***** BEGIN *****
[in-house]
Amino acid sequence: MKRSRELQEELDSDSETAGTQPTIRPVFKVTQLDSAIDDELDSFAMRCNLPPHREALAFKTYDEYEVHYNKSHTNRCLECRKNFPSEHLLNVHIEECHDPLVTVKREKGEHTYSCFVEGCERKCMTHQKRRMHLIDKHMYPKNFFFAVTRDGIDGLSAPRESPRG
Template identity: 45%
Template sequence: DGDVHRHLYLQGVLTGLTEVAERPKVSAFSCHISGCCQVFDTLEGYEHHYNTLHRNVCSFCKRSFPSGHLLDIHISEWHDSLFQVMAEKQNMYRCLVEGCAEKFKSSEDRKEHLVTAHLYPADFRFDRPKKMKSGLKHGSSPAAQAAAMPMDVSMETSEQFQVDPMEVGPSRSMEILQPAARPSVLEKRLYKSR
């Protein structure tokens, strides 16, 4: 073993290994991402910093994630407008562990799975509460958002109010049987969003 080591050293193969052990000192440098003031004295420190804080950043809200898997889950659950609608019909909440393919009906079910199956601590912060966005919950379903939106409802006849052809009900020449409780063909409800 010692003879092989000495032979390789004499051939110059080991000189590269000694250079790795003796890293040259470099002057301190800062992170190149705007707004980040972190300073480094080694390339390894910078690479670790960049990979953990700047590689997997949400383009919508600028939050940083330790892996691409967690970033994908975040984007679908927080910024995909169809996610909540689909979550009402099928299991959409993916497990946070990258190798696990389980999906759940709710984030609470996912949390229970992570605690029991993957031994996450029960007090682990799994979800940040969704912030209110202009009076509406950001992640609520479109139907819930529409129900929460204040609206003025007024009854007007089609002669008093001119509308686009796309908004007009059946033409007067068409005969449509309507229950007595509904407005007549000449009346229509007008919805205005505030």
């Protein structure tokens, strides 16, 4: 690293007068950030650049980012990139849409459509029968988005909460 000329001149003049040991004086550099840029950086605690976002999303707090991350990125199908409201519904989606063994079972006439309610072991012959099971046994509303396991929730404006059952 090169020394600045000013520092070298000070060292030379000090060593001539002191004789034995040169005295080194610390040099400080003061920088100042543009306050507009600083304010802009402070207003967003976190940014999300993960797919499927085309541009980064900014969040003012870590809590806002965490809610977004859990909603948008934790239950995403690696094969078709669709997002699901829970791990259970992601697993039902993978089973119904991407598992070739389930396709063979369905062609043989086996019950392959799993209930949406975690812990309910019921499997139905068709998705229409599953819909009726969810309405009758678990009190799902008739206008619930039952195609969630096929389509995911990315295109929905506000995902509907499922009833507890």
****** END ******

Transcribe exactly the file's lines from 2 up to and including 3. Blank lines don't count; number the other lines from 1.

Amino acid sequence: MKRSRELQEELDSDSETAGTQPTIRPVFKVTQLDSAIDDELDSFAMRCNLPPHREALAFKTYDEYEVHYNKSHTNRCLECRKNFPSEHLLNVHIEECHDPLVTVKREKGEHTYSCFVEGCERKCMTHQKRRMHLIDKHMYPKNFFFAVTRDGIDGLSAPRESPRG
Template identity: 45%